This Sunday we will celebrate the confirmation of eleven of our teenagers. Most of these fourteen and fifteen year-olds – “confirmands,” as they have been known for more than a year – were baptized when they were infants. Their parents took vows on their behalf and promised they would model a faith of forgiveness, love and justice. Now these teenagers wish to “confirm” their faith for themselves.
Although we recognize that they are still very young and have much to learn in life, the church considers them mature enough to declare their own belief. Among other promises, they will vow
- “By the grace of God to follow in the way of our Savior”
- “To resist oppression and evil and to show love and justice, according to the grace given to you.”
Every time vows are taken in church – whether it is for baptism, confirmation, or a wedding – people make promises that they will only gradually understand. A young couple who vows to love one another in “sickness and in health” may not understand the overwhelming nature of that promise for many years to come.
We do not expect our confirmands (much to their relief) to “know it all,” to have a comprehensive understanding of the Bible or to be unquestioning in their faith. We make that clear when they answer what I consider to the most important question, “Do you promise, according to the grace given to you, to grow in the Christian faith.” They will give the hopeful, affirmative reply, “I promise, with the help of God.” They are promising to grow, ask questions, and continue to learn.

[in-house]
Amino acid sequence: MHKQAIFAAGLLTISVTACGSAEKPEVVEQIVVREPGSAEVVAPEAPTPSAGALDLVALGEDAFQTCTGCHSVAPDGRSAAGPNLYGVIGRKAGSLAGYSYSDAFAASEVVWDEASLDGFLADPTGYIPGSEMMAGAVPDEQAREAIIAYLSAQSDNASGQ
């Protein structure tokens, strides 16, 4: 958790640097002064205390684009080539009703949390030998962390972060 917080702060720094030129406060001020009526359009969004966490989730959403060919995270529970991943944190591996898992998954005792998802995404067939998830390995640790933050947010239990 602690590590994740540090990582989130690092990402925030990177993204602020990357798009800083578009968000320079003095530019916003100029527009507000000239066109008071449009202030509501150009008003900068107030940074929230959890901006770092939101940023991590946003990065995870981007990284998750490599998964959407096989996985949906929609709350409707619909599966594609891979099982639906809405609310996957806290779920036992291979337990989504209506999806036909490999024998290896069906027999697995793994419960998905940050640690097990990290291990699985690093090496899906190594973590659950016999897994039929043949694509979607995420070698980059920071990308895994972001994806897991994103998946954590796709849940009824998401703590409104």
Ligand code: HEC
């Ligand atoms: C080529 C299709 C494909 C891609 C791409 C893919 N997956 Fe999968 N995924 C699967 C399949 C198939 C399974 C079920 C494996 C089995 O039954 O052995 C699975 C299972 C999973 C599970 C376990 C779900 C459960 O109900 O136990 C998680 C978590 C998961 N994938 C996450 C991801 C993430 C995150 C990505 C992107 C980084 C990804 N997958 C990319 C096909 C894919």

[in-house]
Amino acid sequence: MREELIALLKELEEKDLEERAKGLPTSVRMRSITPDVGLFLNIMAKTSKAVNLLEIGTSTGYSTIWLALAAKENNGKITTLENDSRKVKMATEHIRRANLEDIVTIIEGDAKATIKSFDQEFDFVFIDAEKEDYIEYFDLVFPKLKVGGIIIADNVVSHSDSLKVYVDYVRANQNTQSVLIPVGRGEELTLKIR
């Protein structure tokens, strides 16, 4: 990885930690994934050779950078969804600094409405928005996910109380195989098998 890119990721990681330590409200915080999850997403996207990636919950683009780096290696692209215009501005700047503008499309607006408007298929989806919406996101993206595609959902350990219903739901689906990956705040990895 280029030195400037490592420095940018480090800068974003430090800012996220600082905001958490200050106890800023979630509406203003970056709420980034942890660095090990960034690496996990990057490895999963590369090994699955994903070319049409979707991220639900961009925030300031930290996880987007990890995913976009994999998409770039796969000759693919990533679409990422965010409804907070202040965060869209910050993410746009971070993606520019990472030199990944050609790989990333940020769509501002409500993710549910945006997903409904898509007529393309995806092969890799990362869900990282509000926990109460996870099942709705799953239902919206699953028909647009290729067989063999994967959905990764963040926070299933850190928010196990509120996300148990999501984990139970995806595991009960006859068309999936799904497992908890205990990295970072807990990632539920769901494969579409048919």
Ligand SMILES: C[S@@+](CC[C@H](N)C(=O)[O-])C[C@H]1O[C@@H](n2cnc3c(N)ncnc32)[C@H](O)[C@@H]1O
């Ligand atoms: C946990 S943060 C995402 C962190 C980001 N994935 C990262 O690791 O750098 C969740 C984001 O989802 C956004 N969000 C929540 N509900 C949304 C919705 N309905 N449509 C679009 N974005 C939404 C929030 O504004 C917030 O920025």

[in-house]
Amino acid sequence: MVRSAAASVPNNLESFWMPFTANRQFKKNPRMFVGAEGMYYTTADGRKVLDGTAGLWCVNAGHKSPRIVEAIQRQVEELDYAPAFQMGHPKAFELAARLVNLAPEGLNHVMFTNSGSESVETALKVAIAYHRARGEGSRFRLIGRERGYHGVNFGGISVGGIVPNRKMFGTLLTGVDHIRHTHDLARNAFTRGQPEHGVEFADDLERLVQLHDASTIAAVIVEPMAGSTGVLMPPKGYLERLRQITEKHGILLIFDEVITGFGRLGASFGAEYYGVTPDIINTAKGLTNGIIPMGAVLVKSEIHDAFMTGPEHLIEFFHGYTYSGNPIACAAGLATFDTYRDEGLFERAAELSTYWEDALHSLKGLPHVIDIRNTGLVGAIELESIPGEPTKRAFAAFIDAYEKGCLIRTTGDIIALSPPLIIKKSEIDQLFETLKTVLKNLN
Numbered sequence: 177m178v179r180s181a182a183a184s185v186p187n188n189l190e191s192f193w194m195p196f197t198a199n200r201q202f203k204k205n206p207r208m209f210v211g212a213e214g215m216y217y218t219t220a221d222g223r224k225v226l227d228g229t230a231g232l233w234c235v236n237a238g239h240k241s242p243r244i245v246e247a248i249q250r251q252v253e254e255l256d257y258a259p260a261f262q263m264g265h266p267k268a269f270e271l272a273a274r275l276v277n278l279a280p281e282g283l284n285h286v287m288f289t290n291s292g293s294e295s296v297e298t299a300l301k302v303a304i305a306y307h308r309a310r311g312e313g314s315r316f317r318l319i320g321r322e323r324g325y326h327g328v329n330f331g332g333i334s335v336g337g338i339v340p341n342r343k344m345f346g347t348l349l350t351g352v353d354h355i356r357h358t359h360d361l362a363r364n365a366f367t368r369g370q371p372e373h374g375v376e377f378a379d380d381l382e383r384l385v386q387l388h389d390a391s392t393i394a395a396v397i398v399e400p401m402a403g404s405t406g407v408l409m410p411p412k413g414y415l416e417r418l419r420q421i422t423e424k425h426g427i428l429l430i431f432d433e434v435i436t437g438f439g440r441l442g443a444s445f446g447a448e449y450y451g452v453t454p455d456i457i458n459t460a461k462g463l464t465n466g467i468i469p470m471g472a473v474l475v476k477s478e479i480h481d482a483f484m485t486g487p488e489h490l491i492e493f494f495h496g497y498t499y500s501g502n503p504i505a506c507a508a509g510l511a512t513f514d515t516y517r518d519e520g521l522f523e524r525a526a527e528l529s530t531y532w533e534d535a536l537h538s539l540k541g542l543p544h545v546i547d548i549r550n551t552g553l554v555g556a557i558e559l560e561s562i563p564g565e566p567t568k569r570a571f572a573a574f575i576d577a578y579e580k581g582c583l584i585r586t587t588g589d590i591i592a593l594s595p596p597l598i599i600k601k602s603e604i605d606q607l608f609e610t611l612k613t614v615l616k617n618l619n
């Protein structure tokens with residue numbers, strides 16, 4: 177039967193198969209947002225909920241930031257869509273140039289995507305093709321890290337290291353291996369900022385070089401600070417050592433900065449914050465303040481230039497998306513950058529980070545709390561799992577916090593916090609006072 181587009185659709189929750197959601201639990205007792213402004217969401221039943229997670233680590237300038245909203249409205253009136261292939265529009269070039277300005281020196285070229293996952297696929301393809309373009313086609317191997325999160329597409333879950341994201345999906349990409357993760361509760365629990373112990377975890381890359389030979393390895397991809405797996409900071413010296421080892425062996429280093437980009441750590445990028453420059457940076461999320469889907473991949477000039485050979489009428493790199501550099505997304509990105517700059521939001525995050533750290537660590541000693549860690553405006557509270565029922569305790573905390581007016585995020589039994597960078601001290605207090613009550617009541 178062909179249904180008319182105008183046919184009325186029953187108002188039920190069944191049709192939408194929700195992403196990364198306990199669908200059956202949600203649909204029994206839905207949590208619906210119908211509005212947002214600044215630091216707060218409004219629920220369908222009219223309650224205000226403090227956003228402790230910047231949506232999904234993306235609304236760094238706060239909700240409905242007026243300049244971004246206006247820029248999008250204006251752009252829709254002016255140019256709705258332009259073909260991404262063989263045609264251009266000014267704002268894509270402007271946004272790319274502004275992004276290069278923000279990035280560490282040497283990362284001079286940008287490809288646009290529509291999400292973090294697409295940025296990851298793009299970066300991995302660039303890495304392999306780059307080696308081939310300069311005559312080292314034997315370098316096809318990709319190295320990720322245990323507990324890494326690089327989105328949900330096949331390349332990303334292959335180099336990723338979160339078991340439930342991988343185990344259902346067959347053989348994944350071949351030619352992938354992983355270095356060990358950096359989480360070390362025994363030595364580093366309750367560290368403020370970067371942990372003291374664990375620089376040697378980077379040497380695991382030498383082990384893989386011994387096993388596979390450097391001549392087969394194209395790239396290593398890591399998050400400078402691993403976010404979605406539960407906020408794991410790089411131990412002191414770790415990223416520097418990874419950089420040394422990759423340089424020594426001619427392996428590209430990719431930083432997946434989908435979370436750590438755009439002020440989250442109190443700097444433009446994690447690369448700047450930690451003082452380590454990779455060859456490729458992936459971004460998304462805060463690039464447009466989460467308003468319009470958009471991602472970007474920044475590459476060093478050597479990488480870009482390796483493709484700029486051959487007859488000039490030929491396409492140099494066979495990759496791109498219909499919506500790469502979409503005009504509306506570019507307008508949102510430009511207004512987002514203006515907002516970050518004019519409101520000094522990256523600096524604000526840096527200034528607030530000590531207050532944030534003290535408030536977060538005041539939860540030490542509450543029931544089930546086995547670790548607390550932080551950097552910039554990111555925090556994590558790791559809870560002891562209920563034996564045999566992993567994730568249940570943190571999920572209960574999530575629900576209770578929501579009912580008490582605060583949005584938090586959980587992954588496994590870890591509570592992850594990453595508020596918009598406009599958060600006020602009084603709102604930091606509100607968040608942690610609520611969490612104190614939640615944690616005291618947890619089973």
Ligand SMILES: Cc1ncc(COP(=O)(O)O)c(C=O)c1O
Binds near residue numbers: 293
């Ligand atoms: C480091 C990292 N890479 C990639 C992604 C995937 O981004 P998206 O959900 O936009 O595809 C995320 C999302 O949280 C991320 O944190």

It’s a big promise.
What I love about their vows is the presence, over and over again, of words like “grace” and “the help of God.” The church is reminding them they are not alone. God never simply pushes us out of the nest or into our future with a hearty, “Good luck with that!” Instead, God promises to journey with us, supplying us with much-needed support and help.
There is an understanding, even an expectation, that we will make mistakes. Our confirmands – like many of us – more questions than answers, more doubt than faith, more uncertainty than conviction.
But they want to be on this journey of faith. They want to find out more. They want to discover who God is and the impact their faith can have. They want to make a difference in this world that needs the love, hospitality, and welcome of a forgiving and renewing God.
This is not the beginning of their faith journey; rather it is one step along an evolving path. We will surround them with our prayers and be reminded that all of us need to continue to search for God in our everyday lives.